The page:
Workers for platform companies like Deliveroo and Uber are currently considered independent contractors, meaning they don’t have access to basic labour rights.
The European Commission published its proposal on Thursday to improve working conditions for platform workers and a key component is a change in their employment classification.
Instead of letting platforms designate the workers who use them as “independent contractors,” a status that deprives them of the social rights and benefits that come with traditional employment, they will be presumed to be regular employees unless they or the platform provide evidence otherwise.
“By misclassifying employees as ‘self-employed’, platform companies like Uber and Deliveroo are blocking the access of platform workers to social protection,” European Parliament Member Kathleen Van Brempt (Vooruit) told The Brussels Times.
“Platform workers often work for wages that are too low and in the event of an accident pay for the costs themselves; they do not have access to paid leave and often work in precarious circumstances.”
Uber kicks back
Uber has already criticised the proposal, saying it would lead to more litigation, such as the case in Brussels where the courts recently banned Uber from operating.
“Uber is committed to improving the working conditions of the hundreds of thousands of drivers and couriers who rely on our app for flexible work,” a company spokesperson told The Brussels Times.
“We have worked with national governments across Europe and the rest of our industry on ways to strengthen platform work without risking the flexibility independent workers say they want.”
But, they say, the company is “concerned the Commission’s proposal would have the opposite effect – putting thousands of jobs at risk, crippling small businesses in the wake of the pandemic and damaging vital services that consumers across Europe rely on.”
We are concerned about the unintended consequences of blanket reclassification. This could put hundreds of thousands of #RideHailing drivers out of work and damage vital services that consumers across Europe rely on. https://t.co/z24iB26nnJ
— Move EU (@MoveEU_official) December 9, 2021
The company pointed to countries such as France as models for introducing more protections whilst preserving the flexibility that is central to Uber’s business model.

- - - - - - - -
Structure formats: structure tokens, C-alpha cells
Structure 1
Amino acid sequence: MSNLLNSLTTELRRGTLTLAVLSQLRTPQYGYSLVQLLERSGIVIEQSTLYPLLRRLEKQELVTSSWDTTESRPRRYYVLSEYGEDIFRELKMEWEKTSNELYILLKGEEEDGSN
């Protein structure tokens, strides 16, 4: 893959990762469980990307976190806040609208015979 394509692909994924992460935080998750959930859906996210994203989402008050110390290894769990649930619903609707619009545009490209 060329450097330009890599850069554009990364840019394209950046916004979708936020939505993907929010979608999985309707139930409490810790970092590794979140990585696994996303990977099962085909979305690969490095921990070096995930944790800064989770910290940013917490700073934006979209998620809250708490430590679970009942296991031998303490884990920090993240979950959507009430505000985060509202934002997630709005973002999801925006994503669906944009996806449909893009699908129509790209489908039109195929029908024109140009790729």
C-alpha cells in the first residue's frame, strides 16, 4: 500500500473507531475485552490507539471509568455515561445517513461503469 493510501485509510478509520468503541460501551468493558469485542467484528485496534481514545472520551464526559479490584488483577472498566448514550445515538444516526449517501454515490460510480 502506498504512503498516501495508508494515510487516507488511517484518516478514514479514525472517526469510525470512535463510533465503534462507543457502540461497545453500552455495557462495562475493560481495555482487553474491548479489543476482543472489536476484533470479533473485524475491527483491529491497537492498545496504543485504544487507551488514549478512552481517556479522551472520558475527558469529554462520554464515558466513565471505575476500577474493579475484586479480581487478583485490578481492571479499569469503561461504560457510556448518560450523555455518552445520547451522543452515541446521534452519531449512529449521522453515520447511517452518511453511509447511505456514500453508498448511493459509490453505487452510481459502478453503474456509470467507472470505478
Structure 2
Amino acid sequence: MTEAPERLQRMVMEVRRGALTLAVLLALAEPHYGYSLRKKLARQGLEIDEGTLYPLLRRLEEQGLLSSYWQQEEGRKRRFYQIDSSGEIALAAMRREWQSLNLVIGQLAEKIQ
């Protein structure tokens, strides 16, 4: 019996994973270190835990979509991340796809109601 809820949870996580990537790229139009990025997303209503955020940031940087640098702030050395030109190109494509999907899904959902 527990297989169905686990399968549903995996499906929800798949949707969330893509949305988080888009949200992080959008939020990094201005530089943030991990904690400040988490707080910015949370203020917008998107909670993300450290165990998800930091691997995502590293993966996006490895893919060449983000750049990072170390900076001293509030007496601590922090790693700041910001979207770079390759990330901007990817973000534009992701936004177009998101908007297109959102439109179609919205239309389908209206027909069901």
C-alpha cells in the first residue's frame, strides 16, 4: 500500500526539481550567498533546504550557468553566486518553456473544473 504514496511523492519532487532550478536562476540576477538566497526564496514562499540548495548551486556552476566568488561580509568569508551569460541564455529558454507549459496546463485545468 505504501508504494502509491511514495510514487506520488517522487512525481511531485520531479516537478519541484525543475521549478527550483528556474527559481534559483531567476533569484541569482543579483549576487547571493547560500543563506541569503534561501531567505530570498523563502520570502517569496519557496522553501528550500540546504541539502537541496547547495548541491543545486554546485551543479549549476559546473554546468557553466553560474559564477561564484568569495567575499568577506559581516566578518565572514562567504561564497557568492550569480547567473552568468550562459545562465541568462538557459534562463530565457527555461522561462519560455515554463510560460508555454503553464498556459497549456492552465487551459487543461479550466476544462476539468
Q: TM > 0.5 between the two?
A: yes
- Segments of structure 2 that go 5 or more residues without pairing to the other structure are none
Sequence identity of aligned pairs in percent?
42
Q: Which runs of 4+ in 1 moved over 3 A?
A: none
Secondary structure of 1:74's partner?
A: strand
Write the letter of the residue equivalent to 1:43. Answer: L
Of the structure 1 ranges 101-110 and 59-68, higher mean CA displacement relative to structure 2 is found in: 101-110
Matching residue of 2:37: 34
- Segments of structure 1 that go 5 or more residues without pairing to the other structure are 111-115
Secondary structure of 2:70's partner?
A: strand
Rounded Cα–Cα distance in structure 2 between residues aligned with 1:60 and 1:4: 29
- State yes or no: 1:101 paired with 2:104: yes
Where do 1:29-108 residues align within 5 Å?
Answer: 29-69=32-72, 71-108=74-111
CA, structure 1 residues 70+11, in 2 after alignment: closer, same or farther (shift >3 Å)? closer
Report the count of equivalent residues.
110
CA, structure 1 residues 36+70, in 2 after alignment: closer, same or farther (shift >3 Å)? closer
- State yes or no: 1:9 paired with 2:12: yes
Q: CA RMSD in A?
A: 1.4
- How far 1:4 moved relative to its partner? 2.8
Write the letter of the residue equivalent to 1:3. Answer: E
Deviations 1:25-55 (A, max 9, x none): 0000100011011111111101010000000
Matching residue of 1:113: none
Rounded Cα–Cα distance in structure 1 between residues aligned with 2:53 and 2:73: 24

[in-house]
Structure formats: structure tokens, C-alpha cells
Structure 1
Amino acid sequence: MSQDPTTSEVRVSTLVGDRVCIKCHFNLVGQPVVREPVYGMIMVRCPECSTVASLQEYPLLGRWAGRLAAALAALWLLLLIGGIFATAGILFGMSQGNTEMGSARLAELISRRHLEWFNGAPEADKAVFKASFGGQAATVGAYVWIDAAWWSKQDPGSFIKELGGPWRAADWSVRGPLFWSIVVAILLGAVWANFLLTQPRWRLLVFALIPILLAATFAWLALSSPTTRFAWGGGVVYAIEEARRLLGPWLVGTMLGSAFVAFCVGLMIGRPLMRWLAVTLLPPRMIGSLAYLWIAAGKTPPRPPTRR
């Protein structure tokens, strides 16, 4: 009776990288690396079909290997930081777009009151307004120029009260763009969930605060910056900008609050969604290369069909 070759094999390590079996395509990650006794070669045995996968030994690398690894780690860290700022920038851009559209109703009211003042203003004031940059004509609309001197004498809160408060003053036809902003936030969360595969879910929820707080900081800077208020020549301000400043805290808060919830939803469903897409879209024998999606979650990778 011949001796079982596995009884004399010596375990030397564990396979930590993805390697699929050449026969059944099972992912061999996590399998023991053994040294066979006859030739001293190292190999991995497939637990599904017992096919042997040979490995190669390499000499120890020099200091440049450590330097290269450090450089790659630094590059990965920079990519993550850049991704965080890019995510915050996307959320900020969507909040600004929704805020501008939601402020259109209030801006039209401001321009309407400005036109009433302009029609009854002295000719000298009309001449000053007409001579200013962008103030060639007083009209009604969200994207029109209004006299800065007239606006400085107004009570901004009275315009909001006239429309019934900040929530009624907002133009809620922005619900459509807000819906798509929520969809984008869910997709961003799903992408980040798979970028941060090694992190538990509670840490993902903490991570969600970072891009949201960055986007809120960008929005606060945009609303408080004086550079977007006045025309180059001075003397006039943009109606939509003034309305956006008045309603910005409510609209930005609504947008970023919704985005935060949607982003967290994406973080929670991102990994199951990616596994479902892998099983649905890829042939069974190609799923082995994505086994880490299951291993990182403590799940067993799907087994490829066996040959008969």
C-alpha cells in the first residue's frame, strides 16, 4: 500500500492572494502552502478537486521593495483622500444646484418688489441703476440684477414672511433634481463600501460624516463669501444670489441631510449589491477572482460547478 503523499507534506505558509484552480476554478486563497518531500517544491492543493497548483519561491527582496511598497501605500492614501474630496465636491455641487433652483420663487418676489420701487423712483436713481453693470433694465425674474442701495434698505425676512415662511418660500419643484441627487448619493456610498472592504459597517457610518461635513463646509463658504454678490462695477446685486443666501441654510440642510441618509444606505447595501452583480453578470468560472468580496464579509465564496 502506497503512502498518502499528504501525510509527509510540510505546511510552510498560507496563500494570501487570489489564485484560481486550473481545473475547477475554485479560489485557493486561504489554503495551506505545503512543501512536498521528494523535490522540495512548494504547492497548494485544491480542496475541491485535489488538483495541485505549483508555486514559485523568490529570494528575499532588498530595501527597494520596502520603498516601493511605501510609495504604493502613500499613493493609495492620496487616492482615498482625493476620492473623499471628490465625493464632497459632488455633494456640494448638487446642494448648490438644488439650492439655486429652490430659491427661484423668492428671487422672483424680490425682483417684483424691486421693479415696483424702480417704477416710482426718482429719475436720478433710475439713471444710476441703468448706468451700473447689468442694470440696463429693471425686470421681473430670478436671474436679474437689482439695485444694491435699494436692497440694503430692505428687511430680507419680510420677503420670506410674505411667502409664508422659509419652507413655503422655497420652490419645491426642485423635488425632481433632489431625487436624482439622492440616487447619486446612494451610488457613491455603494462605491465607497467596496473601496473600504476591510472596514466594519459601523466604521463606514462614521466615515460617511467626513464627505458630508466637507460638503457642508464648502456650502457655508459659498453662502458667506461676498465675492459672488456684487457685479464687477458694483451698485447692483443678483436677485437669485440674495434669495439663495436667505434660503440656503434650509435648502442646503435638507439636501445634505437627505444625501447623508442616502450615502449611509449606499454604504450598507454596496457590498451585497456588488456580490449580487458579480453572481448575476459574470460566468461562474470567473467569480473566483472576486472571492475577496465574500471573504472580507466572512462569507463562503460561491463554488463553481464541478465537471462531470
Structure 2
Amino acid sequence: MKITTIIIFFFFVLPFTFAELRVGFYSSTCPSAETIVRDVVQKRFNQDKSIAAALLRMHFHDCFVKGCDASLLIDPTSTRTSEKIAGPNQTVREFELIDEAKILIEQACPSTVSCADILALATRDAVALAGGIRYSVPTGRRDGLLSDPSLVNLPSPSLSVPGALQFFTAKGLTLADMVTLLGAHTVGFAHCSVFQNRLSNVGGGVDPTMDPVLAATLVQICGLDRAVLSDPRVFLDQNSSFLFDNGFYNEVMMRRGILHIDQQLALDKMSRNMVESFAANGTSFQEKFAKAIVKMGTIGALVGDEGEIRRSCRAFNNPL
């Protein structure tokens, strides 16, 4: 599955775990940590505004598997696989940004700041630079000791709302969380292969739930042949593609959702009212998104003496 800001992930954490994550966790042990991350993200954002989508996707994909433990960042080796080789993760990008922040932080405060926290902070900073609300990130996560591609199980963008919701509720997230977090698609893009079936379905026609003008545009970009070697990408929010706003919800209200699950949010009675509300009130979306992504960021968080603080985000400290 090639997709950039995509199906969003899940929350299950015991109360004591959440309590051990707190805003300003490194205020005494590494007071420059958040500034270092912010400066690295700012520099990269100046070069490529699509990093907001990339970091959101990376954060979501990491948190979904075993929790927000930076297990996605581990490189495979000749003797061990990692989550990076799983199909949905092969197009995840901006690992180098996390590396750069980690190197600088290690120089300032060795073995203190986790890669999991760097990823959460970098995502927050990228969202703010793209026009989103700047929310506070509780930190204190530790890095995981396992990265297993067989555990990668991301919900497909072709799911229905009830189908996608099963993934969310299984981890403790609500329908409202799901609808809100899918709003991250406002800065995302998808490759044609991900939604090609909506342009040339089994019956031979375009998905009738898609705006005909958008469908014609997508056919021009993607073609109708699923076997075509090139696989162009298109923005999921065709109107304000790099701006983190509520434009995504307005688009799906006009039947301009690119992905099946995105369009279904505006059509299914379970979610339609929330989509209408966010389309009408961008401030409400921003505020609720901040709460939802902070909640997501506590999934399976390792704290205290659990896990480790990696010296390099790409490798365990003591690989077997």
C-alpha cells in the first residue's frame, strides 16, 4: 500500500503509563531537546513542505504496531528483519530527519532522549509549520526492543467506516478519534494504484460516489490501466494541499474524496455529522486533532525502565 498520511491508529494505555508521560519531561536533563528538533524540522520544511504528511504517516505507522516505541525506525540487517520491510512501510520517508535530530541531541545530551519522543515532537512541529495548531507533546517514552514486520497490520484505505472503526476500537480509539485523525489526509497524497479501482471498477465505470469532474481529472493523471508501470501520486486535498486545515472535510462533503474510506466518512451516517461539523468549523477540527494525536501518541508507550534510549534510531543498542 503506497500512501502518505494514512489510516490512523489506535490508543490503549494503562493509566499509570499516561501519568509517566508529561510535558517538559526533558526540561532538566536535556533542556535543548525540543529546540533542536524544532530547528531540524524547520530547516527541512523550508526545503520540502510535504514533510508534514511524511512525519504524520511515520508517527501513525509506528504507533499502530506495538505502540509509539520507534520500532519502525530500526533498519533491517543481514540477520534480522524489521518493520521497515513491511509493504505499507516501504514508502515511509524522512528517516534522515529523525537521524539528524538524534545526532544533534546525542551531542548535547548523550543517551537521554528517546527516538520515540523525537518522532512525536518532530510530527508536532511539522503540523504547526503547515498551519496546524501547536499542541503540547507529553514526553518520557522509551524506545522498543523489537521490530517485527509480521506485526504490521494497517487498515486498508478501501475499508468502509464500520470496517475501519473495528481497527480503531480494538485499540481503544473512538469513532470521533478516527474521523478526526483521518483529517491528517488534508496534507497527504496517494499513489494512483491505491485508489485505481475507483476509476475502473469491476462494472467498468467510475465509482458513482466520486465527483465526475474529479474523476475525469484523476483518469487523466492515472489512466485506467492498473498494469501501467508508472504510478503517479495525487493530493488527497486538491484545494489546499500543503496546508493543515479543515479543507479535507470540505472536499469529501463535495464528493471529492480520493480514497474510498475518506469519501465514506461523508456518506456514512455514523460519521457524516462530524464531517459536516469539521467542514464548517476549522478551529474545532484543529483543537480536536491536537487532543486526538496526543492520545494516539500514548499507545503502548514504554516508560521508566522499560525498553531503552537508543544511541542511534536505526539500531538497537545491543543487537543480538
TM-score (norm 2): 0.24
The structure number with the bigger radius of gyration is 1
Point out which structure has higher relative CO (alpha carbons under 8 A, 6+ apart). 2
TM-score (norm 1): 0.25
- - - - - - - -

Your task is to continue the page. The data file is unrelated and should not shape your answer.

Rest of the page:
Mujahid Zaman, who drives with Uber, was also dismayed by the news: “I’m shocked and surprised. This would be a disaster – not only for me but for all the drivers.”
Zaman, like some other professional drivers in Brussels, has used the Uber app to build his own enterprise with a fleet of luxury cars and other drivers who use them.
“I’m in contact with a lot of drivers and most of them want to be self-employed and not work as an employee for Uber,” he said. “We have a company, we have a VAT number and we pay taxes to the government – we are not employees of Uber and we don’t want to be employees.”
For him, a better solution would be to keep the self-employed status but work with Uber to negotiate a minimum fare.
“The option has to be given to the person who works with Uber, or Deliveroo, or whatever platform, if he wants to be self-employed or an employee. You can’t impose on somebody that they are an employee of Uber.”
Future litigation and changes
Uber has always insisted that its drivers and couriers are independent contractors despite the fact that they have no control over setting prices for their services, are penalised or incentivised to work during hours of the company’s choosing and can be terminated and removed from the app for not meeting certain requirements.
When previously criticised for this model, Uber attempted to prove its workers were independent contractors by allowing them to set their own fares in California. As a result, 80% of users turned down rides that were quoting a higher fare and did not re-request a ride on Uber. This lead Uber to go back on the feature as it depleted users on both the passenger and driver sides.
Platform companies have lobbied hard in recent months to nip the European proposal in the bud. The version passed on Thursday does not take effect immediately and will need to be negotiated and approved by EU Member States along with the European Parliament.
The process could take years and leaves significant room for change, but proponents say they’re already on guard against more lobbying from the multinational companies that would dilute its key provisions.
“We want to ensure that this proposal is not watered down,” said Van Brempt. “Technological progress is a good thing. But that should also translate into social progress for everyone.”
We need to ensure decent working conditions for people working through digital labour platforms.
— European Commission ?? (@EU_Commission) December 9, 2021
The employee classification they are proposing would be triggered by a broad set of criteria that relates to the relationship between the worker and the platform company. The new rules would apply in all EU 27 countries by 2025 at the earliest.